That being said, my thoughts about the Moroni edited portion completing the existing Book of Mormon are still clear and vibrant. Even though my thoughts about today's readings in Second Nephi are screaming to be recorded.

As I finished Mormon's account of the decline of his people and the destruction he was a witness to, it was apparent to me how Joseph could not have made this story up.

Here is a young married man, having enough education to read and write, but certainly not schooled in the art of war and world history; a man who hired himself out helping neighbors dig holes on their property, who labored in the fields and forests. He presents a book to the world that contains Moroni's account of the death of his father.

In the last chapters of Mormon's record, Moroni recounts the final scenes of Nephite civilization. He was obviously distraught. Both chapters are full of subtle anxiety, anguish, grief, despair and mourning: for his father; for himself; for the responsibility he shoulders, alone, to finish his father's work; for the destruction of his people and the civilization he grew up in; for doubts about his abilities as a translator, scribe and engraver; for doubts about whether he will have resources enough to finish the project:
Behold, I have but few things to write, which things I have been commanded by my father...Behold, my father hath made this record, and he hath written the intent thereof. And behold, I would write it also, if I had room upon the plates; but I have not; and ore I have none, for I am alone; my father hath been slain in battle, and all my kinsfolks, and I have not friends nor whither to go; and how long the Lord will suffer that I may live, I know not.
Reading on, we next find Moroni's abridgment of Ether's record. Obviously this work took some time and effort. During the abridgment, Moroni interjects his own commentary and teachings, from the perspective he has gained. It seems that he has become more comfortable with his role as translator, abridger and engraver. The tone of this portion isn't as harsh, or as raw, as the emotional rush expressed in Mormon chapters eight and nine. The commentary is more measured, contemplative and broader in scope than the last chapters in Mormon.

As Ether's record draws to a close, Moroni finishes painting another picture of civil self-destruction, this one even more consuming and brutal than the destruction of his own civilization. Moroni seems almost surprised that he has any space left on the plates when he is finished with Ether. He also seems surprised that he is still alive, more than thirty years after his father's death:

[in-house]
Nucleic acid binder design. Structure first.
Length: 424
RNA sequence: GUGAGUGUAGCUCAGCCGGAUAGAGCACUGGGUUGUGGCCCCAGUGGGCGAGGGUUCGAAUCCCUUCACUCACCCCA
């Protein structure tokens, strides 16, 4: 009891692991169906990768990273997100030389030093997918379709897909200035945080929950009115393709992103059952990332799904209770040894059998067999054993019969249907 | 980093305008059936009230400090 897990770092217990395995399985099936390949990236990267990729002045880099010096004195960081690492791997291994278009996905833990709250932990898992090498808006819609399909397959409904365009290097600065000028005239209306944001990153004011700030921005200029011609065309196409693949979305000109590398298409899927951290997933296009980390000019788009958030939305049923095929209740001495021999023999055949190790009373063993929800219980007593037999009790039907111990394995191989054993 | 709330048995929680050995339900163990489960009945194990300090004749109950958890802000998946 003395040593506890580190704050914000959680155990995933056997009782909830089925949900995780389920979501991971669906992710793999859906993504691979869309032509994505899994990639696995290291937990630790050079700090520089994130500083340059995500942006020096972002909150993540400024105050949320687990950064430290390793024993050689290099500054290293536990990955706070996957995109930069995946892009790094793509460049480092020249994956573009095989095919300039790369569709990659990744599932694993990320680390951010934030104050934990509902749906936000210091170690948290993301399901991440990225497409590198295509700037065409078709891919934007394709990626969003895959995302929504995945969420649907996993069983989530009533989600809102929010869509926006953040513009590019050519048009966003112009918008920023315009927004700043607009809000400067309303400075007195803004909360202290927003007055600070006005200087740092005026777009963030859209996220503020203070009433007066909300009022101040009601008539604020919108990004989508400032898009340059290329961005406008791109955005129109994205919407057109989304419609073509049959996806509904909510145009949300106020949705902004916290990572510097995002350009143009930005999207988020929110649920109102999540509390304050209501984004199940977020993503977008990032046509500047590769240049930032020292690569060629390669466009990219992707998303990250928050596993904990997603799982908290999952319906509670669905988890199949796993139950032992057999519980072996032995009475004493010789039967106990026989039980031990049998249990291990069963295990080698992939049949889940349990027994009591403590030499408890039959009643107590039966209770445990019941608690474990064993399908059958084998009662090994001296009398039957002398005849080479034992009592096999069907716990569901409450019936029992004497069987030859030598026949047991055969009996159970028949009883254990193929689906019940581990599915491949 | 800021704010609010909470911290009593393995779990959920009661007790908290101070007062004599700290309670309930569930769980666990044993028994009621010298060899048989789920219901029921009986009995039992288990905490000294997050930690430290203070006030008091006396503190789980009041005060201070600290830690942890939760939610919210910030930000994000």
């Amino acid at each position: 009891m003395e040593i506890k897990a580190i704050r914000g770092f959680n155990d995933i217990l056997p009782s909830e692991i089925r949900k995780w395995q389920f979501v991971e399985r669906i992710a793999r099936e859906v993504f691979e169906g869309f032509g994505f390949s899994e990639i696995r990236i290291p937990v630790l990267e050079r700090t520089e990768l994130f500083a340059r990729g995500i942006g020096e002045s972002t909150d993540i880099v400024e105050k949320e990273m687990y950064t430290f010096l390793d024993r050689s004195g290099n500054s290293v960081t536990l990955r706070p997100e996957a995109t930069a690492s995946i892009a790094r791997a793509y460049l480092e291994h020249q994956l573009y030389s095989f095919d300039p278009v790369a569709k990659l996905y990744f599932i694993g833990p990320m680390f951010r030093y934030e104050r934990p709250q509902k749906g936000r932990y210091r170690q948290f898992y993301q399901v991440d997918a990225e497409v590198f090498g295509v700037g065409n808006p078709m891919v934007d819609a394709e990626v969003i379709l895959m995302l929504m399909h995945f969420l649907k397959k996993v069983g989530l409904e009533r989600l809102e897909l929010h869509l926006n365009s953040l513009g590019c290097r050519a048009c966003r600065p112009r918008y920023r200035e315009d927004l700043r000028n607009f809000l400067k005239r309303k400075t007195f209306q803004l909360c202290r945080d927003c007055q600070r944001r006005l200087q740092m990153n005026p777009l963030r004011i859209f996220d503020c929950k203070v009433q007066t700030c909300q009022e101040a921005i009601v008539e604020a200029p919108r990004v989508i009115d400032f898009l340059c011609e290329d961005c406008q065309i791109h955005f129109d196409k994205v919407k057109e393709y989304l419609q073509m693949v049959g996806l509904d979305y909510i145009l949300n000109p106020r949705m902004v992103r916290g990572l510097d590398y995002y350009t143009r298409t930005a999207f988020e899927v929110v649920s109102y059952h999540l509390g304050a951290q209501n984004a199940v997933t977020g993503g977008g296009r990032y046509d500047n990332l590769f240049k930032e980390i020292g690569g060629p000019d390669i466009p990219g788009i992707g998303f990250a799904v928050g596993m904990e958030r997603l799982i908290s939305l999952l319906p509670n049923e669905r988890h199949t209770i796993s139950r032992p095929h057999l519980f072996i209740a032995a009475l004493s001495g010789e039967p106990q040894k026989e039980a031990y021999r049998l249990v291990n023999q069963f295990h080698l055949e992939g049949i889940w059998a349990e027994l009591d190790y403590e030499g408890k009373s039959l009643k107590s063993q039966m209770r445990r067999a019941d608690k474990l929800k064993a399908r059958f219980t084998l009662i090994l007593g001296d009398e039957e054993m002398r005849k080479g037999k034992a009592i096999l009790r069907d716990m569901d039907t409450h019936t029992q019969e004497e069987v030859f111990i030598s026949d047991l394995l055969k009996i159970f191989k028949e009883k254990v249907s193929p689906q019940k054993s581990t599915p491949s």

Now I, Moroni, after having made an end of abridging the account of the people of Jared, I had supposed not to have written more, but I have not as yet perished...wherefore I write a few more things, contrary to that which I had supposed...
Moroni closes his father's work with a scrapbook of notes, instruction and letters that he has kept and prized as he has lived, traveled, hidden and translated. Material to fill the space remaining on the plates. Finally, he finishes with his own testimony that his words will be used in the future as a promise, warning and challenge.

The difference in tone and emotional texture between the last two chapters of Mormon and the Book of Moroni struck me, this time around, as profound. A strong, subtle difference that I have grave doubts a farmer from western New York could have come up with, without divine help.

I love Joseph. I love Moroni. I love Mormon. I am impressed by the things they did and how they lived. More so now, after this latest reading of their marvelous work.


I'd been going along at a steady pace, minding my own business.

Many years ago I set myself a VERY informal goal: read the Book of Mormon "once a journal".

That is, in the time it took me to fill a journal, I would read the Book of Mormon.

It was a good plan, too. It worked out to about once or twice through the Book of Mormon during a year.

Then we moved and I was no longer commuting on the bus, so my journalism dropped off. My last journal took about 4 years to fill up. I DID read the Book of Mormon during that time. Once.

I finally filled that old brown journal last October.

So, I started thinking about reading the Book of Mormon again. And then I actually started. I chose the RLDS 1830 Facsimile edition to read this time around. I learned, when I compared it with the LDS 1830 Facsimile edition, that the LDS Facsimile edition is actually a copy of the RLDS 1830 Facsimile edition. Same markings, blotches, etc. Odd.

Anyway, I was reading. Regularly. But no real hurry.

Then I went to church on the first Sunday of the year, January 3rd. Due to family illness, I had not been at church the week before.

I was surprised to hear on that early Sunday morning (we'd switched from the 1:30 - 4:40 pm schedule to the 9 am - noon schedule), that the Bishopric had set a goal for the ward:

Read the Book of Mormon by the end of February.

7000 chapters read by the ward membership by February 28th.

To finish the Book of Mormon in 2 months, they figured that 4 chapters a day would do it.

I learned, to my dismay, that I was 12 chapters behind in completing a goal that I'd never heard of until that moment.


I've participated in Book of Mormon reading challenges many times in the past. Some from church leaders, some I've set myself. In most all of the previous times, when I learned of the challenge, I would good-naturedly start the book over again and participate.

Well, this time I had just gotten through Alma's personal priesthood interviews with his sons. I was half-way done! Should I really start over again? Did I have to?

After a minute or two of consideration, I figured that I would just up my reading to the 4 chapters a day rate and participate that way. So by the end of February I would have finished the Book of Mormon and be back to the middle of the Book of Alma.

I'm on schedule.

Even though I started 12 chapters behind.

I finished Moroni 10 on Friday January 29th.

I've got thoughts about Moroni to share. But they'll have to wait until, ummm,


Back again

Okay. They all say that I haven't posted in a while.

It must be true.

I had completely forgotten that I have a gmail account.

Oh my.